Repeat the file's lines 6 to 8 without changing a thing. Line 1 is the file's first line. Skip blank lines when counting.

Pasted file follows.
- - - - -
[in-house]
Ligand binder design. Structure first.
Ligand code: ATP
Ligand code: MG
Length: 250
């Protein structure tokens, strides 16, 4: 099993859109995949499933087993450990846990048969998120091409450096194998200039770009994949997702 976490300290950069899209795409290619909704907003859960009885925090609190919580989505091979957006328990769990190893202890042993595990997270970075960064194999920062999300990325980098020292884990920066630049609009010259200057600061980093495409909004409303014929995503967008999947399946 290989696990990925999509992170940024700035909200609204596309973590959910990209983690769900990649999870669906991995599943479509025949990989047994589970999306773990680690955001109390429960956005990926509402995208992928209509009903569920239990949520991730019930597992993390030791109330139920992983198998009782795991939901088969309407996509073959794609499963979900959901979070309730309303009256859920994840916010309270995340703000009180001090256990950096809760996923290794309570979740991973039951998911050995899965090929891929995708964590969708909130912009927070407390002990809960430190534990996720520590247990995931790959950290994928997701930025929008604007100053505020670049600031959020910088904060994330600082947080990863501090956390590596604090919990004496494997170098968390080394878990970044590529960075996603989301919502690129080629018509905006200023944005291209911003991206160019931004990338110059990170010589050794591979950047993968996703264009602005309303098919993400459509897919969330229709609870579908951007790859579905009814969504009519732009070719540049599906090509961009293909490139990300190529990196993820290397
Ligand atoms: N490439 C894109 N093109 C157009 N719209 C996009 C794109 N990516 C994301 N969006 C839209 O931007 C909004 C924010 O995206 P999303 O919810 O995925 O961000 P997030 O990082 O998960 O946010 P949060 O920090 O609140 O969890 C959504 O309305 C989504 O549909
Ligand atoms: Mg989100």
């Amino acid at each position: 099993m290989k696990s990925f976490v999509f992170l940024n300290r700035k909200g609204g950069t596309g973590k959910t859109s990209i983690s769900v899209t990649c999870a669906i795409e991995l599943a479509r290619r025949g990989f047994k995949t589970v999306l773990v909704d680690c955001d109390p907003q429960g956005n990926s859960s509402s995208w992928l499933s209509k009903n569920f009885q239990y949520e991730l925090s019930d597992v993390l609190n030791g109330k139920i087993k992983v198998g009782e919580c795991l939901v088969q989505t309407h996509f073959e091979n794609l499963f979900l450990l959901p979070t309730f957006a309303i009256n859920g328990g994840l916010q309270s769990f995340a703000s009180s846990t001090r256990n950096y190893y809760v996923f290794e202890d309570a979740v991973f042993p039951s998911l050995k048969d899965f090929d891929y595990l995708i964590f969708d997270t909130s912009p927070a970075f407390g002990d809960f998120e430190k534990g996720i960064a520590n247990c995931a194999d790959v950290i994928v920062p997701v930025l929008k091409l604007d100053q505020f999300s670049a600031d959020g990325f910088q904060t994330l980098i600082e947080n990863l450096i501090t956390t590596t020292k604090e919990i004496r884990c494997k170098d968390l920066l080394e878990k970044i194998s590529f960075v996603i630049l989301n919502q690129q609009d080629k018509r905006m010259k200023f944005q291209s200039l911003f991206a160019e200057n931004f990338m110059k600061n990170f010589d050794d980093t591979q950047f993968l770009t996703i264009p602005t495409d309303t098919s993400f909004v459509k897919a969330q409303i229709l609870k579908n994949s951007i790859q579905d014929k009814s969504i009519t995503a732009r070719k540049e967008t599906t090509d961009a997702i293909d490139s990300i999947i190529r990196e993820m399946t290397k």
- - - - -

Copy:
């Protein structure tokens, strides 16, 4: 099993859109995949499933087993450990846990048969998120091409450096194998200039770009994949997702 976490300290950069899209795409290619909704907003859960009885925090609190919580989505091979957006328990769990190893202890042993595990997270970075960064194999920062999300990325980098020292884990920066630049609009010259200057600061980093495409909004409303014929995503967008999947399946 290989696990990925999509992170940024700035909200609204596309973590959910990209983690769900990649999870669906991995599943479509025949990989047994589970999306773990680690955001109390429960956005990926509402995208992928209509009903569920239990949520991730019930597992993390030791109330139920992983198998009782795991939901088969309407996509073959794609499963979900959901979070309730309303009256859920994840916010309270995340703000009180001090256990950096809760996923290794309570979740991973039951998911050995899965090929891929995708964590969708909130912009927070407390002990809960430190534990996720520590247990995931790959950290994928997701930025929008604007100053505020670049600031959020910088904060994330600082947080990863501090956390590596604090919990004496494997170098968390080394878990970044590529960075996603989301919502690129080629018509905006200023944005291209911003991206160019931004990338110059990170010589050794591979950047993968996703264009602005309303098919993400459509897919969330229709609870579908951007790859579905009814969504009519732009070719540049599906090509961009293909490139990300190529990196993820290397
Ligand atoms: N490439 C894109 N093109 C157009 N719209 C996009 C794109 N990516 C994301 N969006 C839209 O931007 C909004 C924010 O995206 P999303 O919810 O995925 O961000 P997030 O990082 O998960 O946010 P949060 O920090 O609140 O969890 C959504 O309305 C989504 O549909
Ligand atoms: Mg989100």